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It was on. It was off. And now about a week and a half after the 35-day government shutdown ended, it is on. It would be the State of the Union. And President Trump delivers the address for the second time tonight.

The most important political issues of the past year will be on display Tuesday night, not only in what President Trump says in his State of the Union address but in who will be in the audience.

Furloughed federal workers, Border Patrol agents, immigrants, school shooting survivors and the first inmate to benefit from a new criminal justice law will be among those to gather in the chamber of the U.S. House.

Updated at 5:45 p.m. ET

A formal committee of congressional negotiators held its first, and maybe only, public meeting on Wednesday to kick off talks to reach a border security deal that President Trump will support.

Updated at 9 p.m. ET

After an at-times heated debate, the Senate on Thursday, as expected, failed to approve either of the competing measures that would have ended the standoff over border wall funding.

If nothing else, the votes seemed to spur a flurry of efforts to find a way to end the standoff. Sen. Lindsey Graham, R-S.C., announced on the Senate floor after the measures failed that he spoke with President Trump about a three-week stopgap bill to reopen the government.

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President Trump and Speaker Pelosi are in an increasingly bitter showdown over what is now the longest partial government shutdown in history.

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Updated at 4:15 p.m. ET

Pressure mounted on Iowa GOP Rep. Steve King on Tuesday as a top House Republican leader called on him to resign over his recent comments to The New York Times on white supremacy.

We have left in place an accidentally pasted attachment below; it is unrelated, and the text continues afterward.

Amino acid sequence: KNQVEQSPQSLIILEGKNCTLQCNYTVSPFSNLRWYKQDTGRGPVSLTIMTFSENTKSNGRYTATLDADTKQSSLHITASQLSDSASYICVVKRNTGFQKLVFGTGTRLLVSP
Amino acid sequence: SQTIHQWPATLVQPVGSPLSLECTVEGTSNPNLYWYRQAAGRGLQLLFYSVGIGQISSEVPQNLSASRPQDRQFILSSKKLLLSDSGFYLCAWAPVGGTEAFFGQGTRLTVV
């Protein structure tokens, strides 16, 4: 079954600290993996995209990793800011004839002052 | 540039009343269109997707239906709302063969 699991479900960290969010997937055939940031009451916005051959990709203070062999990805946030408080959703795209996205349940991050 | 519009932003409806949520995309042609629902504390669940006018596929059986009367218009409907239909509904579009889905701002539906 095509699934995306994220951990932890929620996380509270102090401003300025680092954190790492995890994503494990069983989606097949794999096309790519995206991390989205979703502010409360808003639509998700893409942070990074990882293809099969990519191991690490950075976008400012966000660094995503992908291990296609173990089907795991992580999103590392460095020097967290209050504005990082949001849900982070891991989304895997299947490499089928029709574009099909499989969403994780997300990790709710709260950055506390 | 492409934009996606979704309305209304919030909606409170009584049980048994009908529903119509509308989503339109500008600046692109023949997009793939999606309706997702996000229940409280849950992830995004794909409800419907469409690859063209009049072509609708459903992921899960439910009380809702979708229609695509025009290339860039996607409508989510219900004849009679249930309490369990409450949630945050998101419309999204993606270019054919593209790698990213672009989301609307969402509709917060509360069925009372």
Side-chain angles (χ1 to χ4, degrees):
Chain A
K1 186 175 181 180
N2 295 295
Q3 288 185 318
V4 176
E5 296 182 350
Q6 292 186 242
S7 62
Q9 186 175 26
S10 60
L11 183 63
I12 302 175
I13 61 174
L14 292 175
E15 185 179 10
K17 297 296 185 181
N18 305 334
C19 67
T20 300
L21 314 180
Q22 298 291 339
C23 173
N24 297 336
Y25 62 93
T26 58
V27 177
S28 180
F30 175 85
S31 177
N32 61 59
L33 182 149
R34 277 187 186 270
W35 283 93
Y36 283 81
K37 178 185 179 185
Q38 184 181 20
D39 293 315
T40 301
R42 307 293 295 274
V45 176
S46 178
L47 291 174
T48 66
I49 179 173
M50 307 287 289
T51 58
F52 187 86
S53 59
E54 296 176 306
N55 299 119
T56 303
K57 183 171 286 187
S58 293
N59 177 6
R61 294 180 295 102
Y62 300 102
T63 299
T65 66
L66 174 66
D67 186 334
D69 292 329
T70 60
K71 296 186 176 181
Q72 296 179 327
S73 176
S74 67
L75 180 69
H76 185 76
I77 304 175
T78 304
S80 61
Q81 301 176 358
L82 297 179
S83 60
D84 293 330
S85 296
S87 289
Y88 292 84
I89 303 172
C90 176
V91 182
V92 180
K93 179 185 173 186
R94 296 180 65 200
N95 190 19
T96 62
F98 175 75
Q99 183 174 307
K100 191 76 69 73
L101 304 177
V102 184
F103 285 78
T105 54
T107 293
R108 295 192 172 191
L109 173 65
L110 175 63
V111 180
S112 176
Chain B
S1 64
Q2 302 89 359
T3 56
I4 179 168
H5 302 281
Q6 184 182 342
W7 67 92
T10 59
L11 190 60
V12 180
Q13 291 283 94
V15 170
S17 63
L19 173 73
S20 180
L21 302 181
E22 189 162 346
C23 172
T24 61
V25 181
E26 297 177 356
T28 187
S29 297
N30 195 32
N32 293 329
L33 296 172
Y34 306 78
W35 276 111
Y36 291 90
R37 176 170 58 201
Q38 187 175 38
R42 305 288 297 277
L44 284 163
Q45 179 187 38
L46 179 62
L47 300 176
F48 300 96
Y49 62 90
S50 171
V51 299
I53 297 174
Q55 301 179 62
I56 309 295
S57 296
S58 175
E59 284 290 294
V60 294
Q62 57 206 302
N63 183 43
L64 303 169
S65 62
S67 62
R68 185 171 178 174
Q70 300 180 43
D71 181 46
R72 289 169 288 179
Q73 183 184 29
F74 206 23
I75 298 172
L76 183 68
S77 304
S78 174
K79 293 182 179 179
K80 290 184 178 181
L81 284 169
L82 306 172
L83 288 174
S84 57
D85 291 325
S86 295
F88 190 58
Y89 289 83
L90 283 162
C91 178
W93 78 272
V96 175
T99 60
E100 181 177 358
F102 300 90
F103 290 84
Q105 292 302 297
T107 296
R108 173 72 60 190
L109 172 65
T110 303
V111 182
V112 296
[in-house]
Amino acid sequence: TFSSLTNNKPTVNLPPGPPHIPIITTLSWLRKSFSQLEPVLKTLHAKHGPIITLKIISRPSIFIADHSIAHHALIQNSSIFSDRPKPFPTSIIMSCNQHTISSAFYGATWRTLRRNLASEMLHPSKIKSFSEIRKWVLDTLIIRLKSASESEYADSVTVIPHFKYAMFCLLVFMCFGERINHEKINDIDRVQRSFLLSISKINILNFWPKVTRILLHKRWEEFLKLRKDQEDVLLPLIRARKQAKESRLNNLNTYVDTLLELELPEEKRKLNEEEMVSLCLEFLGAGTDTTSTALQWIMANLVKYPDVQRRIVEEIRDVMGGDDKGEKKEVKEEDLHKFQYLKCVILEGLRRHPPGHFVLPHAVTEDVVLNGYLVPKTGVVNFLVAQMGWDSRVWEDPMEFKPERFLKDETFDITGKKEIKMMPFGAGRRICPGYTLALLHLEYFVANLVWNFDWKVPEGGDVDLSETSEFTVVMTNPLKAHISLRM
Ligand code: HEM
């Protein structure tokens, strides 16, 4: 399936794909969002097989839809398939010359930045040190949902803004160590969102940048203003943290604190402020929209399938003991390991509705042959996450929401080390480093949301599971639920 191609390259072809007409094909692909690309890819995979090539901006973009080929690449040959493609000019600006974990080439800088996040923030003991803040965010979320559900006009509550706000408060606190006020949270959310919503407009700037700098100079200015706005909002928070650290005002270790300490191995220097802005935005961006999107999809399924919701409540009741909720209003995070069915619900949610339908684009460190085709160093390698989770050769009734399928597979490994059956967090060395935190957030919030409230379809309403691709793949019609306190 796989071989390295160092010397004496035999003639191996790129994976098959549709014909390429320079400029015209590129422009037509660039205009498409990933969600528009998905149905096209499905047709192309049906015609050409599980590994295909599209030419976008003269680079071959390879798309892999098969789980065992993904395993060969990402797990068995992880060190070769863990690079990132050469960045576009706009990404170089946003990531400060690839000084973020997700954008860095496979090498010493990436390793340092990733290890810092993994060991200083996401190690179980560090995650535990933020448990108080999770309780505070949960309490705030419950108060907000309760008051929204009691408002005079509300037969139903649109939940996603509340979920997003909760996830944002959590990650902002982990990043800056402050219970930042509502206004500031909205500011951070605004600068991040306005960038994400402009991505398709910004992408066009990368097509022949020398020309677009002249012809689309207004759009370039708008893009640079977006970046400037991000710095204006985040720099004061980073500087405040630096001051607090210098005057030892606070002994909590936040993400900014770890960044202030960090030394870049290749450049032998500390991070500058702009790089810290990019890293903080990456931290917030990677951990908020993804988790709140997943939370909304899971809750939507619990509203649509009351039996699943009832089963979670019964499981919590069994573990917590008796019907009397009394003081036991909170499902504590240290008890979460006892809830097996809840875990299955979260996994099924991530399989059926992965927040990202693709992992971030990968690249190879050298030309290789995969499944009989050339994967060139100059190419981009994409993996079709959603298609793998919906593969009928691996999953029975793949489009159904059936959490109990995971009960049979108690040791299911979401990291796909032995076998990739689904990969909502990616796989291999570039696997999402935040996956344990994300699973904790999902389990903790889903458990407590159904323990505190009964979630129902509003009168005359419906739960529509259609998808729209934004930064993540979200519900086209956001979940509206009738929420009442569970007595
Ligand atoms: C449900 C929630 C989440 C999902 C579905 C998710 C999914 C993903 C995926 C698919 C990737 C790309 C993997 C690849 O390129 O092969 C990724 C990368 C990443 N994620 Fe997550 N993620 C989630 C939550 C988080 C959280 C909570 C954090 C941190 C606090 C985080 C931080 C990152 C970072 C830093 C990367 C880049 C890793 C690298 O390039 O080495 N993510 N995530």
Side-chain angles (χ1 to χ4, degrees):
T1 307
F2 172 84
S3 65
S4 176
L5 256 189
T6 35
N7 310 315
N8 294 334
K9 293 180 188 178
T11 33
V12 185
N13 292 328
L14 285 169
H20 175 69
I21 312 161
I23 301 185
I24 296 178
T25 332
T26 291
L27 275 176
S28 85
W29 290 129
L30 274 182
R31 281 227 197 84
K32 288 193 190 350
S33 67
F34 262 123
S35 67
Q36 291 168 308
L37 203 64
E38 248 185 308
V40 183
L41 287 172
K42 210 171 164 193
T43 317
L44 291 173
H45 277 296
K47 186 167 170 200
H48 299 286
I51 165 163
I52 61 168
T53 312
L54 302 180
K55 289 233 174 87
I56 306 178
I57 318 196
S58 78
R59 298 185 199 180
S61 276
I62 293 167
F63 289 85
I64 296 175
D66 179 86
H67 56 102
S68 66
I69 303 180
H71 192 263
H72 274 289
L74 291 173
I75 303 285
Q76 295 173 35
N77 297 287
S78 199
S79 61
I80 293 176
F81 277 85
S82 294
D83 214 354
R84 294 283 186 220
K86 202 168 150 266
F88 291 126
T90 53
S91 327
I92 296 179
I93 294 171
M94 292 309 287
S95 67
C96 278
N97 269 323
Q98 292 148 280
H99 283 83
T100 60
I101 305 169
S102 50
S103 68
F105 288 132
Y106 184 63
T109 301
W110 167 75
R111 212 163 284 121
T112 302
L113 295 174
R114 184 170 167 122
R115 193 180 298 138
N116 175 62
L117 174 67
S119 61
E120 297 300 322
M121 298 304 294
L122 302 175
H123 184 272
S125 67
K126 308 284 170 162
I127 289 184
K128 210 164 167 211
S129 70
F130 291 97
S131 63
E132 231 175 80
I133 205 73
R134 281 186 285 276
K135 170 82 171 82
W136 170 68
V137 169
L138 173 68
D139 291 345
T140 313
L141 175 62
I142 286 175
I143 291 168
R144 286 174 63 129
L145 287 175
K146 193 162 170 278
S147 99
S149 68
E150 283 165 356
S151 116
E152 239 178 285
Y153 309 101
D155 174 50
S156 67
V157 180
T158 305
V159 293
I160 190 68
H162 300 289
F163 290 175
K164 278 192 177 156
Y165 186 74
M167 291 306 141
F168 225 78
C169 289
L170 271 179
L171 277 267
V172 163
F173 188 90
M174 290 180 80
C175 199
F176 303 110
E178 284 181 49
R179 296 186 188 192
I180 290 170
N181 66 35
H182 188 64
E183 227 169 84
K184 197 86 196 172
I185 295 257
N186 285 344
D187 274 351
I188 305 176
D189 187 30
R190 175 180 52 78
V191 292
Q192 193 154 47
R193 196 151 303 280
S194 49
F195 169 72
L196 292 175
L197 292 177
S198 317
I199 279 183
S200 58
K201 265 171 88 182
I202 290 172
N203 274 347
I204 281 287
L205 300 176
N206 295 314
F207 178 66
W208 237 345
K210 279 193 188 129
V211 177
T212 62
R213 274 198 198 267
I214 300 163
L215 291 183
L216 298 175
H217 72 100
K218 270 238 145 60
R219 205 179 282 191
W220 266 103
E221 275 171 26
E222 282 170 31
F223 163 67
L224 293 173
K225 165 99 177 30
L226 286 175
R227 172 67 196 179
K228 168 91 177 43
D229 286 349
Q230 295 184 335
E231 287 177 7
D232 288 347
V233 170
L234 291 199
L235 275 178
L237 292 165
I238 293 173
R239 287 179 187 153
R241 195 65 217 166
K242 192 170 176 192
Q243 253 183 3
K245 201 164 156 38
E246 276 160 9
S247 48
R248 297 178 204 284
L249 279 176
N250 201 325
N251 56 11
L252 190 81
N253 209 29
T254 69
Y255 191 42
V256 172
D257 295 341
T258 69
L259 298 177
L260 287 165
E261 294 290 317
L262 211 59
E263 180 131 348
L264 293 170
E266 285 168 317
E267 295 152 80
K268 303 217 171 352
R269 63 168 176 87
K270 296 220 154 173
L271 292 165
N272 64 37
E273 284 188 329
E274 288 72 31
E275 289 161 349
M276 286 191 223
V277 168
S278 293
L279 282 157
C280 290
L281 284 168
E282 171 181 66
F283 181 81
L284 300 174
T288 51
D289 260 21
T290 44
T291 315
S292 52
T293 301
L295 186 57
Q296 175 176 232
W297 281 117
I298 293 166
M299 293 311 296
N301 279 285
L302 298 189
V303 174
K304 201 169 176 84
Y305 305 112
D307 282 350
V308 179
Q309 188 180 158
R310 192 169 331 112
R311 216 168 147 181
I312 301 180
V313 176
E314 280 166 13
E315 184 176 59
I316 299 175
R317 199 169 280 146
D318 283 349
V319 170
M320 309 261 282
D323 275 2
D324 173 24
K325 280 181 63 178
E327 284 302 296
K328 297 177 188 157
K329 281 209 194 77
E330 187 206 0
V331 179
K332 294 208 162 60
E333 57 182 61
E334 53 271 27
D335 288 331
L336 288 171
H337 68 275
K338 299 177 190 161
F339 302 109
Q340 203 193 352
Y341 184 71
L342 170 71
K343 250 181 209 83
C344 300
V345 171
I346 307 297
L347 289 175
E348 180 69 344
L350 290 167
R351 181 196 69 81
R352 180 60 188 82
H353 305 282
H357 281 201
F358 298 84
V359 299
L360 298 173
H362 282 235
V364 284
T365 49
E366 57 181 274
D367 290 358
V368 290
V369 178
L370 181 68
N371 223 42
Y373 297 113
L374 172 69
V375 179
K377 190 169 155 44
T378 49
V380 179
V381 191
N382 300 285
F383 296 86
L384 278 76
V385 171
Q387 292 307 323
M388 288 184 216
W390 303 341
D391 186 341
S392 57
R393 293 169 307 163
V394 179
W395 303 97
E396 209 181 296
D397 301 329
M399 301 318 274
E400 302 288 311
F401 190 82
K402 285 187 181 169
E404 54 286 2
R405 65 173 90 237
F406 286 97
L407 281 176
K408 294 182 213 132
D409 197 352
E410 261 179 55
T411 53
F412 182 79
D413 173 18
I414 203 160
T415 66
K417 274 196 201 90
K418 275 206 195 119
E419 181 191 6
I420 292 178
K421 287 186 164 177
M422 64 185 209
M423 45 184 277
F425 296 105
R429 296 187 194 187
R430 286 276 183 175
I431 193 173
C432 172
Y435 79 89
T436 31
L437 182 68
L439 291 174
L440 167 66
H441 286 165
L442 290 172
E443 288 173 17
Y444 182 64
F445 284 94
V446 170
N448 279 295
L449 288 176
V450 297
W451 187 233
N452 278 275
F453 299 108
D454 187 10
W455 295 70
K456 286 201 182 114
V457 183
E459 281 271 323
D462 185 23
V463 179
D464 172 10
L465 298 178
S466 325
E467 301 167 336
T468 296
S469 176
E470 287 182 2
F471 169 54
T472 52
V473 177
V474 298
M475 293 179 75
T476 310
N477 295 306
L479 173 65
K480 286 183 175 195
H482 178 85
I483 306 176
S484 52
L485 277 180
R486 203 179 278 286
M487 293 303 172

"We do not support it or agree with it, and as I said I think he should find another line of work," House GOP Conference Chairwoman Liz Cheney, R-Wyo., told reporters Tuesday morning.

Updated at 2:11 a.m. ET Tuesday

House Republican leaders moved Monday to remove Rep. Steve King, R-Iowa, from two committees as a punishment for his recent comments in a New York Times interview where he was quoted questioning why the terms "white nationalist" and "white supremacist" are considered offensive.

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Updated at 6:29 p.m. ET

The new House Democratic majority is promising to do something the party avoided when it last controlled the levers of power in Washington: pass gun legislation enhancing background check requirements for all gun purchases.

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Today on Capitol Hill, history was made again.

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Top Democrats announced late Sunday a series of changes to House rules that could eliminate causes of major instability during the previous eight years of Republican rule in Congress.

"We are proposing historic changes that will modernize Congress, restore regular order and bring integrity back to this institution," said incoming House Rules Chairman James McGovern, D-Mass., in a statement explaining the changes.

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Within sight of the U.S. Capitol dome, a new dome is about to open. It's on the playground of a new day care facility exclusively for U.S. House employees, and the playground is designed in part to look like a kid-sized National Mall.

"This is the only Washington Monument in D.C. that you can climb up," joked House Majority Leader Kevin McCarthy, R-Calif., who helped inspire the playground's design.